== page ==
The Mission Impossible movies feature people doing impossible feats with amazingly advanced—and as far as we know—not yet invented, technological gadgets. It feels often as if getting rid of my migraines is a Mission Impossible. It seems an impossible feat. I go to my doctor, and give him his mission, and though he tries, he just can’t accomplish the task.
Perhaps the tools he needs to rid me of these migraines just haven’t been developed yet. Perhaps he needs some pair of magic glasses that allows him to see into my brain and see the problem. Or he needs a special briefcase that contains the two chemicals that must never be mixed until I come in and say the magic words that let him know those chemicals were designed just for me. All I know is that it feels like he needs some magic, and perhaps something that we don’t even have yet, if he’s going to fix me.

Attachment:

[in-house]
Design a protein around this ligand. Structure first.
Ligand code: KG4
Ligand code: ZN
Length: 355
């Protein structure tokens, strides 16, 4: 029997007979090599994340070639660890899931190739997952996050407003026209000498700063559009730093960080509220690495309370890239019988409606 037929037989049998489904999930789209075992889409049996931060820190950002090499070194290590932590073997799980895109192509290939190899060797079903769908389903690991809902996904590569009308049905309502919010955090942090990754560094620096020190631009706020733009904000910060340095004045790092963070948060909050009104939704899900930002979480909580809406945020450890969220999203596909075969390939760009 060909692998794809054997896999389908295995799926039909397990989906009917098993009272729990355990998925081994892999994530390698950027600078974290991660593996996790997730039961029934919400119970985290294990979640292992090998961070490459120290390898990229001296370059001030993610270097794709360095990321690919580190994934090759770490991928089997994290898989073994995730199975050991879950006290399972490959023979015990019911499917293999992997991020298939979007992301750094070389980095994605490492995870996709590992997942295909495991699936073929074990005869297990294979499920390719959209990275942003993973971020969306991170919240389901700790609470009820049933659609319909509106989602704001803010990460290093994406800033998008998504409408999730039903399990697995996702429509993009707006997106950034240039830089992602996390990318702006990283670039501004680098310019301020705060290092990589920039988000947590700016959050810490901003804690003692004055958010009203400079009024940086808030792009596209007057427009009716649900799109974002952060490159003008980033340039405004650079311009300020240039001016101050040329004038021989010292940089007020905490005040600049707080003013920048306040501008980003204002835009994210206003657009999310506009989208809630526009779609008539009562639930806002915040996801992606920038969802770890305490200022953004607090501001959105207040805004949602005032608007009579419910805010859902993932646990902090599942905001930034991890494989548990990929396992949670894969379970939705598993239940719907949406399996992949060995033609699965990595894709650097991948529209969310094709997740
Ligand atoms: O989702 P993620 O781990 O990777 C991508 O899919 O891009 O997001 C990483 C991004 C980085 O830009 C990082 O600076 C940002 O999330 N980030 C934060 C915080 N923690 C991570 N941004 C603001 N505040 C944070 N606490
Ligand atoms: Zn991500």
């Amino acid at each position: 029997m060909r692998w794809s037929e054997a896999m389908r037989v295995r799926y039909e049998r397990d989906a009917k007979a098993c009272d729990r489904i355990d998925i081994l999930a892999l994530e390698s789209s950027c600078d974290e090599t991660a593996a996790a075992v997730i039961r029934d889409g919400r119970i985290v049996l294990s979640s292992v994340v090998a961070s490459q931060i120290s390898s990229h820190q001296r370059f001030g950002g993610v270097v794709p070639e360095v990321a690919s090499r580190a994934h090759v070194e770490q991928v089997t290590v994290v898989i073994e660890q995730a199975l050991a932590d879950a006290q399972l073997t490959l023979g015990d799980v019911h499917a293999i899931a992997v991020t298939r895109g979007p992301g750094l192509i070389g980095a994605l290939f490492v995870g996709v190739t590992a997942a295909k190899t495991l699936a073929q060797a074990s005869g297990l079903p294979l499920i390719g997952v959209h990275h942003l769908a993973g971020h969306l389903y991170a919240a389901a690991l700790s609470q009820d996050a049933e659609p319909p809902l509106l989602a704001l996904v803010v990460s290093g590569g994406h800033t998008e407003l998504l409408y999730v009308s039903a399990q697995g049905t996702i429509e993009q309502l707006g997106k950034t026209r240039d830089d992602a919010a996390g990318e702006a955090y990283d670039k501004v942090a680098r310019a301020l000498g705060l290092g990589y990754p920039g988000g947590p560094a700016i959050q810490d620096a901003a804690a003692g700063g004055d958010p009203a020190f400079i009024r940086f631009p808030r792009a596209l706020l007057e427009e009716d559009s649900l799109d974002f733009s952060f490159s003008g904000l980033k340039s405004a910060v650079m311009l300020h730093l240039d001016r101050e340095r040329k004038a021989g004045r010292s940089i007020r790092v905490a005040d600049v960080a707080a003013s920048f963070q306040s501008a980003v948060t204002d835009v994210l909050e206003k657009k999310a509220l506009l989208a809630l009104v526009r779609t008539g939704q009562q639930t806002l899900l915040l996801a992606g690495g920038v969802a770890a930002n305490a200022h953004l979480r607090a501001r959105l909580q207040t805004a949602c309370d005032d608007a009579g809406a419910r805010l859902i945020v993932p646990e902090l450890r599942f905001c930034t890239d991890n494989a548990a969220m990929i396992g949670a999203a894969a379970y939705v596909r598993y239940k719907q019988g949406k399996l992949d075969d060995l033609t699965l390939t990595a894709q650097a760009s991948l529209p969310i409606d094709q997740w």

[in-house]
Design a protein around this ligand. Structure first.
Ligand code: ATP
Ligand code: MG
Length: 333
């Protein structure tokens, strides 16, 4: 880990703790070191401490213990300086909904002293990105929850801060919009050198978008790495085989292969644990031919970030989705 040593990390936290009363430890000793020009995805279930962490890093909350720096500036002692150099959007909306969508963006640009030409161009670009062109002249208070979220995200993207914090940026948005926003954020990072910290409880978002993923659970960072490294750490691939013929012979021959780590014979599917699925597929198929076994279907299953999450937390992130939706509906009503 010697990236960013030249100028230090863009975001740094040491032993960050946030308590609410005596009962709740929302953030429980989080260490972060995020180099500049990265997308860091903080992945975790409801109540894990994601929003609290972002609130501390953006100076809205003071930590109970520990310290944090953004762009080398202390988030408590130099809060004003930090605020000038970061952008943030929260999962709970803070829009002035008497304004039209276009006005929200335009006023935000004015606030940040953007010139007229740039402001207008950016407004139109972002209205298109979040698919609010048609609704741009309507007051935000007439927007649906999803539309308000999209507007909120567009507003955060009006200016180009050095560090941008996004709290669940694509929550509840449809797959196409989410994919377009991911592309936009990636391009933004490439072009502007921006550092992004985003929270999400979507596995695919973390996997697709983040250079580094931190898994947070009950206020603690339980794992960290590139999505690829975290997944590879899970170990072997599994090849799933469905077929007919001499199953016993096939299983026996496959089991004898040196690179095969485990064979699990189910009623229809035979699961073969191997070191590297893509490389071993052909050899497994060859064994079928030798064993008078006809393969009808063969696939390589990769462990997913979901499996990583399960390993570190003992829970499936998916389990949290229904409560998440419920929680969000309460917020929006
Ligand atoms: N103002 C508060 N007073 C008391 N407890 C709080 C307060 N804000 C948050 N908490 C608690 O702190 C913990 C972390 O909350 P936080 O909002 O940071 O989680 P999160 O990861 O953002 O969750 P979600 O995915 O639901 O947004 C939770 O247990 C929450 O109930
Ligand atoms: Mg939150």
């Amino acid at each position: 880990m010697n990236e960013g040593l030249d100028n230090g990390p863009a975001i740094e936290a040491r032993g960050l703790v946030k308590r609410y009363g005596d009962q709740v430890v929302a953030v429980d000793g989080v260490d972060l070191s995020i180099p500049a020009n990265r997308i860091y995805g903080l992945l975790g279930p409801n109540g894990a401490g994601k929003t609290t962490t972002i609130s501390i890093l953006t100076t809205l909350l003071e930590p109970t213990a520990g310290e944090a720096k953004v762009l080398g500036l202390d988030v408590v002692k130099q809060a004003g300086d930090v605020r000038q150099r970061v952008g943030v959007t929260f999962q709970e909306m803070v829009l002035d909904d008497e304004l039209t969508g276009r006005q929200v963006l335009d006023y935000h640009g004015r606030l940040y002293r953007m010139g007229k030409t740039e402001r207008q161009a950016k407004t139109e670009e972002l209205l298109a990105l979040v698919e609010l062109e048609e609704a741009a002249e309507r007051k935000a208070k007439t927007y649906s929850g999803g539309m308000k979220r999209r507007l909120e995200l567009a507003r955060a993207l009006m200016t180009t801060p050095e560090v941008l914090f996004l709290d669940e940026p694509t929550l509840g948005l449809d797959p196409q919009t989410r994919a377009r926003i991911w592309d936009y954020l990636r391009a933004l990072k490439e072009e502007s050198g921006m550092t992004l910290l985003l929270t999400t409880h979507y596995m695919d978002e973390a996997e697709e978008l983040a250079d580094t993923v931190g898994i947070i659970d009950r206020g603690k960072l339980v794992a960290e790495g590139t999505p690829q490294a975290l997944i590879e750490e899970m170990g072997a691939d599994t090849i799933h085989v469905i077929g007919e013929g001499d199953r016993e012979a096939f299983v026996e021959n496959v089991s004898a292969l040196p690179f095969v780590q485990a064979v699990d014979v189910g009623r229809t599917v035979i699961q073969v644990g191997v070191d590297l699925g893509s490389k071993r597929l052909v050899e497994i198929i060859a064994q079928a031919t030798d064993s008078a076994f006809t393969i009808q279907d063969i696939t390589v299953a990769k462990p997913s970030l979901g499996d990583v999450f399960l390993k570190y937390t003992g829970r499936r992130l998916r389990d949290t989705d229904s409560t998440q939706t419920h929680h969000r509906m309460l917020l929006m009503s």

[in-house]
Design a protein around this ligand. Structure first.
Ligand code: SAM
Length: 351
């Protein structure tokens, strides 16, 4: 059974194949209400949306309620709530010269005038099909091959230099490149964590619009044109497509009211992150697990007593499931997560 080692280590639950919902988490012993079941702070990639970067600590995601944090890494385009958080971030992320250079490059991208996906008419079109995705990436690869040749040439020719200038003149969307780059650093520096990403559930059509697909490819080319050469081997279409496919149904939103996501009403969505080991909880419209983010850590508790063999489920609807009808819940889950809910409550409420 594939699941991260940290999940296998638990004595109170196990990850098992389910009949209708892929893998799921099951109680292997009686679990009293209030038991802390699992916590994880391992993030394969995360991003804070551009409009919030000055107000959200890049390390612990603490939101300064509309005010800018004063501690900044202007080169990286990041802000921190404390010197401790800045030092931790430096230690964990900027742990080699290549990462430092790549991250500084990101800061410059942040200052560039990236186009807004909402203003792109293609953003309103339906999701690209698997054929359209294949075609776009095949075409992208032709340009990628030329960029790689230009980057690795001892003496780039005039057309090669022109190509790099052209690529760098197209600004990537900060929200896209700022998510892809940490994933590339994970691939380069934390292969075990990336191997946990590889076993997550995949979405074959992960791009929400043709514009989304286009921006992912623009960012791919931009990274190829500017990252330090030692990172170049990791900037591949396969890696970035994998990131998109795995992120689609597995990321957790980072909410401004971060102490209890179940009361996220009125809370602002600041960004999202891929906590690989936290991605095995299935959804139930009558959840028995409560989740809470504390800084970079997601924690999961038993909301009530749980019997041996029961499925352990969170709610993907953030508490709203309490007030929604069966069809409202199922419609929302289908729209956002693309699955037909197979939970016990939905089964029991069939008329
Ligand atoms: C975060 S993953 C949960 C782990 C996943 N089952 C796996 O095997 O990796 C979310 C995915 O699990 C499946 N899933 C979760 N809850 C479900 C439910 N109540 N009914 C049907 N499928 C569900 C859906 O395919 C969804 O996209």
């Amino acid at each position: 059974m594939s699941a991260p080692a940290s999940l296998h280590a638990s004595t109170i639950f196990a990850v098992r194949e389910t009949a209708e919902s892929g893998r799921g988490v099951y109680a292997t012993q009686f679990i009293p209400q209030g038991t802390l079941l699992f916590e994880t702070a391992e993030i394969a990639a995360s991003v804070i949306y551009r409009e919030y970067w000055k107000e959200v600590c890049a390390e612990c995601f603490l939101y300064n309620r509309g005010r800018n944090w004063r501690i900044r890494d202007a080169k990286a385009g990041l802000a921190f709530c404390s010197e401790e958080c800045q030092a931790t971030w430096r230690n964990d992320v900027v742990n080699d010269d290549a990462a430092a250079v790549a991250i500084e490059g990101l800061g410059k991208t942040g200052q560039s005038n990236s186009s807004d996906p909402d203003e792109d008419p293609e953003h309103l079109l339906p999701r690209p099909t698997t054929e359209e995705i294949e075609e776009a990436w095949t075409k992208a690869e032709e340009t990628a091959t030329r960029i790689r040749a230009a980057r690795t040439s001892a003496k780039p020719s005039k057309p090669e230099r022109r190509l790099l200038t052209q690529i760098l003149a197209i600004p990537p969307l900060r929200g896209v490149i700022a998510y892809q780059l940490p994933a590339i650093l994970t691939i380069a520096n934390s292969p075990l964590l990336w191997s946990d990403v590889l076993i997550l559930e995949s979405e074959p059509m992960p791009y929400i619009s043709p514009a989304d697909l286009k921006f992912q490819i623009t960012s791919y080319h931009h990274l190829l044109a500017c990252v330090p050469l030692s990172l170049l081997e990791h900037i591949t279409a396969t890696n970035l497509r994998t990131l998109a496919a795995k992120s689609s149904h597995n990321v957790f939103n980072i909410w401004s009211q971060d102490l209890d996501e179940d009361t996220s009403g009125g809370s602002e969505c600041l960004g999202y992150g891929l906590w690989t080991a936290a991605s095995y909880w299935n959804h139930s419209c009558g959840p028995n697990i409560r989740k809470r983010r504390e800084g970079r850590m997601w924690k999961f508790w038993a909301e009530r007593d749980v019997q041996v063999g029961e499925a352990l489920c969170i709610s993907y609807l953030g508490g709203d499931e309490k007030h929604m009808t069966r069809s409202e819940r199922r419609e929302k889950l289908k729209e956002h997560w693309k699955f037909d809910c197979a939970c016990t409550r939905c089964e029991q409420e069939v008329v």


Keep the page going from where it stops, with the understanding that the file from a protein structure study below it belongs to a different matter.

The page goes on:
I don’t like admitting this. I don’t like thinking of my migraines as a “Mission: Impossible”. I want them to be “Mission: Accomplished”. Do I believe one day they will be gone? That they will be Mission: Accomplished? After 15 years of mostly chronic migraines, I don’t even know. I sometimes wonder if I have given up hope. I have a doctor, a psychologist, who does his best to force me to hold on to hope. My husband, family and friends, of course, want me to hold on to hope, but seriously, after 15 years of being a guinea pig with no real success, how would you feel? I am still grateful for every good moment. There just aren't enough of them.
Mission Impossible. Yes. I believe I might be a Mission Impossible. Oh how I wish I weren’t.
June, Migraine and Headache Awareness Month, is dedicated to Unmasking the Mystery of Chronic Headache Disorders. The Migraine and Headache Awareness Month Blog Challenge is issued by FightingHeadacheDisorders.com